Home > The globalization of crime: a transnational organized crime threat assessment.

United Nations Office on Drugs and Crime. (2010) The globalization of crime: a transnational organized crime threat assessment. Vienna: United Nations Office on Drugs and Crime.

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In The globalization of crime: a transnational organized crime threat assessment, UNODC analyses a range of key transnational crime threats, including human trafficking, migrant smuggling, the illicit heroin and cocaine trades, cybercrime, maritime piracy.

The report’s main findings are that:
• There are an estimated 140,000 victims of human trafficking for the purposes of sexual exploitation in Europe alone, generating a gross annual income of US$3 billion for their exploiters. “World-wide there are millions of modern slaves traded at a price not higher in real terms than centuries ago,” said Mr. Costa.
• The two most prominent flows for smuggling migrants are from Africa to Europe and from Latin America to the US. Around 2.5-3 million migrants are smuggled from Latin America to the United States every year, generating US$6.6 billion for smugglers.
• Europe is the highest value regional heroin market (US$20 billion), while Russia is now the single largest national heroin consumer in the world (70 tons). “Narcotics kill 30,000-40,000 young Russians per year, twice the number of Red Army soldiers killed during the invasion of Afghanistan in the decade of the ‘80s,” said Mr. Costa.
• The North American cocaine market is shrinking, because of lower demand and greater law enforcement. This has generated a turf war among trafficking gangs, particularly in Mexico, and new drug routes. “Along the entire Atlantic coast of Latin America cocaine is trans-shipped into Europe via Africa,” said Mr. Costa. “Under attack, some west African nations risk failing.”
• The countries that grow most of the world’s illicit drugs, like Afghanistan (opium) and Colombia (coca), receive the most attention and criticism. Yet, most drug profits are made in the destination (rich) countries. For example, out of a global market of perhaps US$55 billion for Afghan heroin, only about 5 per cent (US$2.3 billions) accrues to Afghan farmers, traders and insurgents. Of the US$72 billion cocaine market in North America and Europe, some 70 per cent of the profits are made by mid-level dealers in the consumer countries, not in the Andean region.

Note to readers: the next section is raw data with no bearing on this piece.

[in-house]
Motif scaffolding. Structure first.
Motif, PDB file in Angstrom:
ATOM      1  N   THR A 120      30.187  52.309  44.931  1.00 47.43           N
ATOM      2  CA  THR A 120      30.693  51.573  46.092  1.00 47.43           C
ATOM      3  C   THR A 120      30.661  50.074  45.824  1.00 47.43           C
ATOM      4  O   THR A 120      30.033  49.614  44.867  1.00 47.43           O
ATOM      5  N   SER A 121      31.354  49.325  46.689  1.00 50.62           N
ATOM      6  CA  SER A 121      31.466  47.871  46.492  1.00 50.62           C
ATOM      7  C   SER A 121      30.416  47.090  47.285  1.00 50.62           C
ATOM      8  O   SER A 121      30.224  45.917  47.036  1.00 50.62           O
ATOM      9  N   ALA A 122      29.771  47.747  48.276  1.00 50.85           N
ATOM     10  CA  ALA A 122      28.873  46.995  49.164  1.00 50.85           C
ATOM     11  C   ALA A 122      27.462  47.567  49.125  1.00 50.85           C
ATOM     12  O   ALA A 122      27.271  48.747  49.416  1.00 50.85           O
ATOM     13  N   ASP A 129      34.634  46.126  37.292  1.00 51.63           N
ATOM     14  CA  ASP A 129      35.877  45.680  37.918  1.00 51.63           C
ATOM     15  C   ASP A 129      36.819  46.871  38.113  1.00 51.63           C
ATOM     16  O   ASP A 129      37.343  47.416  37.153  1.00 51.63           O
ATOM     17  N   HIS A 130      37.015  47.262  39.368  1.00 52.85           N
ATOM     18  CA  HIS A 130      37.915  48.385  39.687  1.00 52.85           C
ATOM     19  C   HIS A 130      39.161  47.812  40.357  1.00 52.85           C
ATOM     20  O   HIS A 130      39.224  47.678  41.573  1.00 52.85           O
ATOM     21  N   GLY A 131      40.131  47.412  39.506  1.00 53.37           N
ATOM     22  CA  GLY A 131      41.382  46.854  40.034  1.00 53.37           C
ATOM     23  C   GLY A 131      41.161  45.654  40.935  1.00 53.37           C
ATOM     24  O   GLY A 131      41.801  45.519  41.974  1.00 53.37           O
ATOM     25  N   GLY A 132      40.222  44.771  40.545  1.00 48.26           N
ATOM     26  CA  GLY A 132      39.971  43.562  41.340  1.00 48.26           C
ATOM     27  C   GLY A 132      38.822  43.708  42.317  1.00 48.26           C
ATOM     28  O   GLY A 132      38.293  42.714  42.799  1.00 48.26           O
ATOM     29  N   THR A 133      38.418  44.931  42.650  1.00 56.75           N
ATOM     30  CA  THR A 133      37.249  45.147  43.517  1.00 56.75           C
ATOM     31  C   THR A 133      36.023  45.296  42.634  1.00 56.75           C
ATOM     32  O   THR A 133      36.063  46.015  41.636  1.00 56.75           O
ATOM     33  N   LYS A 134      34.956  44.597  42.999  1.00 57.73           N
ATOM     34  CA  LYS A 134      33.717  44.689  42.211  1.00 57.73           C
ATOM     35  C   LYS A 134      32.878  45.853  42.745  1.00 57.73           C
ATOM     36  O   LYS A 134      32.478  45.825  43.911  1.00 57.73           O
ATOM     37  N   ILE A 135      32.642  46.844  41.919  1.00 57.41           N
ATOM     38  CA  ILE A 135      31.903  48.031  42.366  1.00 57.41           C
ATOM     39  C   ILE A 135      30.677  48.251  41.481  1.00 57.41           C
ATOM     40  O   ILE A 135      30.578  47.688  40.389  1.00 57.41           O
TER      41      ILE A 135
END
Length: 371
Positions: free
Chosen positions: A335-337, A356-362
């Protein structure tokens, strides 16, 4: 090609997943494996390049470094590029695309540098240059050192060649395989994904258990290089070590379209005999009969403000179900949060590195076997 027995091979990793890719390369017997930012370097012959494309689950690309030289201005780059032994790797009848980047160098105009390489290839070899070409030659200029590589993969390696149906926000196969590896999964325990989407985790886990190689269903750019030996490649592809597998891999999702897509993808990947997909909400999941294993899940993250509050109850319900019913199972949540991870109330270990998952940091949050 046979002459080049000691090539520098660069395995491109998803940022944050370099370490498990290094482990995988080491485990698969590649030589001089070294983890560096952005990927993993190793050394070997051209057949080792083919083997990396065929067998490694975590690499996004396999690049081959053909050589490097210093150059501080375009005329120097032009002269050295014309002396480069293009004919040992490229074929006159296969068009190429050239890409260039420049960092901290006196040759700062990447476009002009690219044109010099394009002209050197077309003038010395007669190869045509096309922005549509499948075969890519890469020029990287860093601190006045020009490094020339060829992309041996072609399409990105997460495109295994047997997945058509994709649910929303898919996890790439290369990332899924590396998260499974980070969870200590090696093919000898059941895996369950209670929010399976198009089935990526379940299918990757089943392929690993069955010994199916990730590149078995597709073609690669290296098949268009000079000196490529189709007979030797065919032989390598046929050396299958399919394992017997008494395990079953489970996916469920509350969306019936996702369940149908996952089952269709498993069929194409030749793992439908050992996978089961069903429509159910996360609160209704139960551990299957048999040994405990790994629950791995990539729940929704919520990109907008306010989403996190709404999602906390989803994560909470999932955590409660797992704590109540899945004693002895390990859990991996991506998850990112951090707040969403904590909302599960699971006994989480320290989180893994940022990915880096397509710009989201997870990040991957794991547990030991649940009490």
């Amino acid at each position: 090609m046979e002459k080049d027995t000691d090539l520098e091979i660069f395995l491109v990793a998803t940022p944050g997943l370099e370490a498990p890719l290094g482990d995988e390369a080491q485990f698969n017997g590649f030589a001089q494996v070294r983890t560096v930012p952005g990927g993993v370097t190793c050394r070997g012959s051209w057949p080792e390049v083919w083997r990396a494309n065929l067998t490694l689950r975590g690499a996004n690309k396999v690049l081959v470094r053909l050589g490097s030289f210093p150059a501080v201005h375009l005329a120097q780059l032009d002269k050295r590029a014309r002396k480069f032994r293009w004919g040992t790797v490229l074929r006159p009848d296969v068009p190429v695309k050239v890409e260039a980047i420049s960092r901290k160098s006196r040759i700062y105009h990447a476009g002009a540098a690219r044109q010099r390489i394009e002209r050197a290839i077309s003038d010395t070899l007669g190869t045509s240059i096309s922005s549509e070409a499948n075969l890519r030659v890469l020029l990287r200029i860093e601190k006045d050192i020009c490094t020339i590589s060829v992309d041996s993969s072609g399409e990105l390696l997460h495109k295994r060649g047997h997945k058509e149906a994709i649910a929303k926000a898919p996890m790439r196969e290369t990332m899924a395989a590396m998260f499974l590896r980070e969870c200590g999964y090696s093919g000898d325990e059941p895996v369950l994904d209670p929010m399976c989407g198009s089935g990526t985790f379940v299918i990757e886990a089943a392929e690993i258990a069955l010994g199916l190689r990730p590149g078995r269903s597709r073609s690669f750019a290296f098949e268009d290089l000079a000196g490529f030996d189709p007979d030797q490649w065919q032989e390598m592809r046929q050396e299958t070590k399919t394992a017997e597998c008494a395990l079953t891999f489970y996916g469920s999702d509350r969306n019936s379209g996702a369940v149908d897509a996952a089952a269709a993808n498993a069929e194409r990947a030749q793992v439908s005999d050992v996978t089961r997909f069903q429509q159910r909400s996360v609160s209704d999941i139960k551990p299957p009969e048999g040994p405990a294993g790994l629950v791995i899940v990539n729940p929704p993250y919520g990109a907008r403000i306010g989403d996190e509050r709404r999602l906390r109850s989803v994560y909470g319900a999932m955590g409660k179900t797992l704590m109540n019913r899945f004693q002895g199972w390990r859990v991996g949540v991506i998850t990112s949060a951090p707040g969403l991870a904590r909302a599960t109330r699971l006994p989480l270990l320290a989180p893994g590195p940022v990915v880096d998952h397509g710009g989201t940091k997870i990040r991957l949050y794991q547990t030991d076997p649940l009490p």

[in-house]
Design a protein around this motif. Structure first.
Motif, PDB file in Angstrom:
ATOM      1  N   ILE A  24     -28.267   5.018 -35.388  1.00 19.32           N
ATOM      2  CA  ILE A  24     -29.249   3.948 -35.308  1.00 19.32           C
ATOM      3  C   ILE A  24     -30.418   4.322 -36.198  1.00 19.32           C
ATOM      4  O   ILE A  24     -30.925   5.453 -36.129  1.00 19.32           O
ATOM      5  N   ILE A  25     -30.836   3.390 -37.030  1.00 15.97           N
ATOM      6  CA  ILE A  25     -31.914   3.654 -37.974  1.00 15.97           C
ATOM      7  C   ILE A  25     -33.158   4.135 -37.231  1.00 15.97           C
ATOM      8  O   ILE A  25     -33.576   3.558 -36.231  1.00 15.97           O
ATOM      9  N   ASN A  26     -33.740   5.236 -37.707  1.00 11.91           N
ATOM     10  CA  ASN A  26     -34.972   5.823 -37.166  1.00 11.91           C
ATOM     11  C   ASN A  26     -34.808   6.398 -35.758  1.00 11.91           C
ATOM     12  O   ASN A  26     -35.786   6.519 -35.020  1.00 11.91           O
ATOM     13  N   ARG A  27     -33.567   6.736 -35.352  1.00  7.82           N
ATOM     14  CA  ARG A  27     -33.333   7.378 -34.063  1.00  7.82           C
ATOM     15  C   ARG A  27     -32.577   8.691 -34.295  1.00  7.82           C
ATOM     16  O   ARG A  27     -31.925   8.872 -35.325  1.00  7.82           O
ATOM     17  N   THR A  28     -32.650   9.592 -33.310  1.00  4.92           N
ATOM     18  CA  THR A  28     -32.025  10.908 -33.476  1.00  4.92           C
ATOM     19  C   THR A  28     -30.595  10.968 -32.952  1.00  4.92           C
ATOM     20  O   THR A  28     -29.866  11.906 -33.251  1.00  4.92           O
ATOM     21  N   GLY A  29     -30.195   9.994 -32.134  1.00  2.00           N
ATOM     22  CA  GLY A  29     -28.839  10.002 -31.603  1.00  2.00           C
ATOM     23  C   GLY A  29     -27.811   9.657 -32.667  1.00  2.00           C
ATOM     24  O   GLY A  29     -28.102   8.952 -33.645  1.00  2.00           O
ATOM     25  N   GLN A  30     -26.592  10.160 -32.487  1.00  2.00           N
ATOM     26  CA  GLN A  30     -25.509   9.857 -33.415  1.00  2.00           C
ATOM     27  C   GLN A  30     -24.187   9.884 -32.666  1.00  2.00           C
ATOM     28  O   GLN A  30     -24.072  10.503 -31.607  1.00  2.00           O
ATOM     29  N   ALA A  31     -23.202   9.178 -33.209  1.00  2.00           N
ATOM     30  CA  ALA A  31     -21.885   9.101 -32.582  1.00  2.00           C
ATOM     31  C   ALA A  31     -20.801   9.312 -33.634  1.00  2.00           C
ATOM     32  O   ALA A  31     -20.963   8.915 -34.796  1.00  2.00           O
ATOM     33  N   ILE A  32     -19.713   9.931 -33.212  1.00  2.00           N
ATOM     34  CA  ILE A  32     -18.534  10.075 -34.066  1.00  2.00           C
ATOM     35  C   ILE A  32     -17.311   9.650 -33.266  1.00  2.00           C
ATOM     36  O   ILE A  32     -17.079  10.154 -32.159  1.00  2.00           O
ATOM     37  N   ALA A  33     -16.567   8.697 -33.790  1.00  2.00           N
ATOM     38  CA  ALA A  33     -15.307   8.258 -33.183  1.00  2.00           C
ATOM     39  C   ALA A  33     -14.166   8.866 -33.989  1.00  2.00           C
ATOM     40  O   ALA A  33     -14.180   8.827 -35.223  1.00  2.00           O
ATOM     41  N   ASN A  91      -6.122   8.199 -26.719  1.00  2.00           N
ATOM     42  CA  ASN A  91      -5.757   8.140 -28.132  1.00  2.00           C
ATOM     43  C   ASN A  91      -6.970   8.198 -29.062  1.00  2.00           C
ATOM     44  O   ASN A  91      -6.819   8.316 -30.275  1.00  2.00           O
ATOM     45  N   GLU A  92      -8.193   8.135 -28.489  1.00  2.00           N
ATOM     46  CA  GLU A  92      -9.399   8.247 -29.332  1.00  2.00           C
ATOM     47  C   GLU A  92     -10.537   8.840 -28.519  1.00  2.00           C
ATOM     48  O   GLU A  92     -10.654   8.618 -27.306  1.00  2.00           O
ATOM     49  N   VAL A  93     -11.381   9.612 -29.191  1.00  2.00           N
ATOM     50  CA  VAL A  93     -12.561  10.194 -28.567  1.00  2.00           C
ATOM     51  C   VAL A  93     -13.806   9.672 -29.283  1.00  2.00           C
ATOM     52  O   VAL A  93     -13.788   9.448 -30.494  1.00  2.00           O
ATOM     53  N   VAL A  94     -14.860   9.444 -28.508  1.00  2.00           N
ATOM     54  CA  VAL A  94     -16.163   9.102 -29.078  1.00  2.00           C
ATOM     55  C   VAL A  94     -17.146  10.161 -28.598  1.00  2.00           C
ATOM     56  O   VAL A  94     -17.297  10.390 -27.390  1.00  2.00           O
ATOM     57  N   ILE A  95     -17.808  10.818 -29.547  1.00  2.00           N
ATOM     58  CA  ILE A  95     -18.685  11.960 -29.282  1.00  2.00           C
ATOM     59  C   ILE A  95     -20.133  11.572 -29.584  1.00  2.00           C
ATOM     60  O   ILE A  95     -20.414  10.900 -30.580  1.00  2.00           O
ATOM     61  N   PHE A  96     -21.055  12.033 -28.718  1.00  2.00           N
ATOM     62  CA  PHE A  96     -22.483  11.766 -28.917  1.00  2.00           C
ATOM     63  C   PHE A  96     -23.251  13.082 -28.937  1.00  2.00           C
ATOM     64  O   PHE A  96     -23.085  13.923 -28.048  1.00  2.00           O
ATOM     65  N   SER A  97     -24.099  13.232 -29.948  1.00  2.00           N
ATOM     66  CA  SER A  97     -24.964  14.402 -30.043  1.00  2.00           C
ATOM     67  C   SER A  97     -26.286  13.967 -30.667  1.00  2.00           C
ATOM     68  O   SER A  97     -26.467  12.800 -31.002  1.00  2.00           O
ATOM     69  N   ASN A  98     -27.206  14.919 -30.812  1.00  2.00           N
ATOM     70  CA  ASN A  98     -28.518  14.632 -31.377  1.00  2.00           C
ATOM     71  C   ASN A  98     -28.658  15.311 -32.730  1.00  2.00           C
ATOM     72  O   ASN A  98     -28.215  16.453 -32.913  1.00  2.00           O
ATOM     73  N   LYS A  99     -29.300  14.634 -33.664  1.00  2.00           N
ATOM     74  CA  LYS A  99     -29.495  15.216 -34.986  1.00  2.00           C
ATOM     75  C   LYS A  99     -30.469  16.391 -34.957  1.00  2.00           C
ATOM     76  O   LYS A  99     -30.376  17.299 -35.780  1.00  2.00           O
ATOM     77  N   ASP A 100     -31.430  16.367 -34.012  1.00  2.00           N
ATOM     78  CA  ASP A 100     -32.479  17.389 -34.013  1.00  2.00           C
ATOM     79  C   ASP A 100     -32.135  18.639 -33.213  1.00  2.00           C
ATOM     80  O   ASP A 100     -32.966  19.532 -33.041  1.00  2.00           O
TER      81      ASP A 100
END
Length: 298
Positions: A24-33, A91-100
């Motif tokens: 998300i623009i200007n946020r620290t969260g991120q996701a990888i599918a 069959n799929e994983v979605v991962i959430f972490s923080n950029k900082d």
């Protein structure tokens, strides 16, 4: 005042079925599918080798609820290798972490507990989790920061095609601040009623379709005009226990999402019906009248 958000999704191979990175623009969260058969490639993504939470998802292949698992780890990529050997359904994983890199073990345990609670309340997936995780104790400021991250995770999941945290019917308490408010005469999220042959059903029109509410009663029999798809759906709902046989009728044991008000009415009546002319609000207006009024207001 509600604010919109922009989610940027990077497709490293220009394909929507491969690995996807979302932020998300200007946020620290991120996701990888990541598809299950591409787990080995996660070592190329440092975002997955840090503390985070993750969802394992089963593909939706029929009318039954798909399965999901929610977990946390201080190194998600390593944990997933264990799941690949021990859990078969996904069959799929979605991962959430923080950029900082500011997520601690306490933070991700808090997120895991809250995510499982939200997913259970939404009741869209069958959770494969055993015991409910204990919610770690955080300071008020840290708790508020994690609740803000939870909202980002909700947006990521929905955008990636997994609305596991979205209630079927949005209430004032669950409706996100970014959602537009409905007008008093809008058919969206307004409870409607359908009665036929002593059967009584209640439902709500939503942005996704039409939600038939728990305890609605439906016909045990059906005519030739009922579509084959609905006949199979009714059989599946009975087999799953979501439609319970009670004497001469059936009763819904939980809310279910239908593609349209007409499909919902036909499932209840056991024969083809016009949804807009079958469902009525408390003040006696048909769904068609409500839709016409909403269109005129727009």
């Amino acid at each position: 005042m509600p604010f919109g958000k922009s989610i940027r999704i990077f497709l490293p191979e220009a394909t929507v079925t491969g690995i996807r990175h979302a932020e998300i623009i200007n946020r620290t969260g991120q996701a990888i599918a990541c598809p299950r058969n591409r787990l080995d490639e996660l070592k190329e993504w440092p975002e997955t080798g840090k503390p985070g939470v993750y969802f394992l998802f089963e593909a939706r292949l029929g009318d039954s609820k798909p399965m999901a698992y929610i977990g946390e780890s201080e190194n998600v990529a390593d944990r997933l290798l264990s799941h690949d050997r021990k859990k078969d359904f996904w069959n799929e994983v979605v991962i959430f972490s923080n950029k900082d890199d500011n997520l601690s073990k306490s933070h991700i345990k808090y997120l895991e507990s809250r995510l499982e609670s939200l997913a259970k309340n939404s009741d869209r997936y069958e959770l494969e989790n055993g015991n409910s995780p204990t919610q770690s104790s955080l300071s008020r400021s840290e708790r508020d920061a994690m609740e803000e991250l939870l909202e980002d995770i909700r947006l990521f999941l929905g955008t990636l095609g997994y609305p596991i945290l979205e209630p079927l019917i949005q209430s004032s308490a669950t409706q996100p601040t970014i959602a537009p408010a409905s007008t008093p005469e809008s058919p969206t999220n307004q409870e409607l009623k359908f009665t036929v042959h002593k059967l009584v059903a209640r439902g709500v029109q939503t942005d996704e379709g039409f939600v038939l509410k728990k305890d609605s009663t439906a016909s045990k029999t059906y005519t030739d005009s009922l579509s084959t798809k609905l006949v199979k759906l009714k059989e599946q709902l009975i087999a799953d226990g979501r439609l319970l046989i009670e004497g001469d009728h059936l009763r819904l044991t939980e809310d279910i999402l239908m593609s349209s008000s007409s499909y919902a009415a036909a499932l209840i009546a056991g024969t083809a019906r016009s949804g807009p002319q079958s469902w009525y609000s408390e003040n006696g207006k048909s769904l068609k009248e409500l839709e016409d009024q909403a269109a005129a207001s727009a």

• The global market for illicit fire-arms is estimated at US$170-320 million per year, which is 10-20 per cent of the licit market. Although the smuggling of arms tends to be episodic (i.e. related to specific conflicts), the amounts have been so large, to kill as many people as some pandemics.
• The illegal exploitation of natural resources and the trafficking in wildlife from Africa and South-east Asia are disrupting fragile eco-systems and driving species to extinction. UNODC estimates that illicit wood products imported from Asia to the EU and China were worth some US$2.5 billion in 2009.
• The number of counterfeit goods detected at the European border has gone up by a factor of ten over the past decade, for a yearly value of more than US$10 billion. As much as half of medications tested in Africa and South East Asia are counterfeited and substandard, increasing, rather than reducing the chance of illness.
• The number of piracy attacks off the Horn of Africa has doubled in the past year (from 111 in 2008 to 217 in 2009), and is still rising. Pirates from one of the world’s poorest countries (Somalia) are holding to ransom ships from some of the richest, despite the patrolling by the world’s most powerful navies. Of the more than US$100 million annual income generated by ransom, only a quarter goes to the pirates, the rest to organized crime.
• More than 1.5 million people a year suffer the theft of their identity for an economic loss estimated at US$1billion, while cybercrime is endangering the security of nations: power grids, air trafficking and nuclear installations have been penetrated.

Item Type
Publication Type
International, Report
Drug Type
Substances (not alcohol/tobacco)
Intervention Type
Crime prevention, Policy
17 June 2010
303 p.
United Nations Office on Drugs and Crime
Corporate Creators
United Nations Office on Drugs and Crime
Place of Publication
Accession Number
HRB (Electronic Only)
Related (external) link

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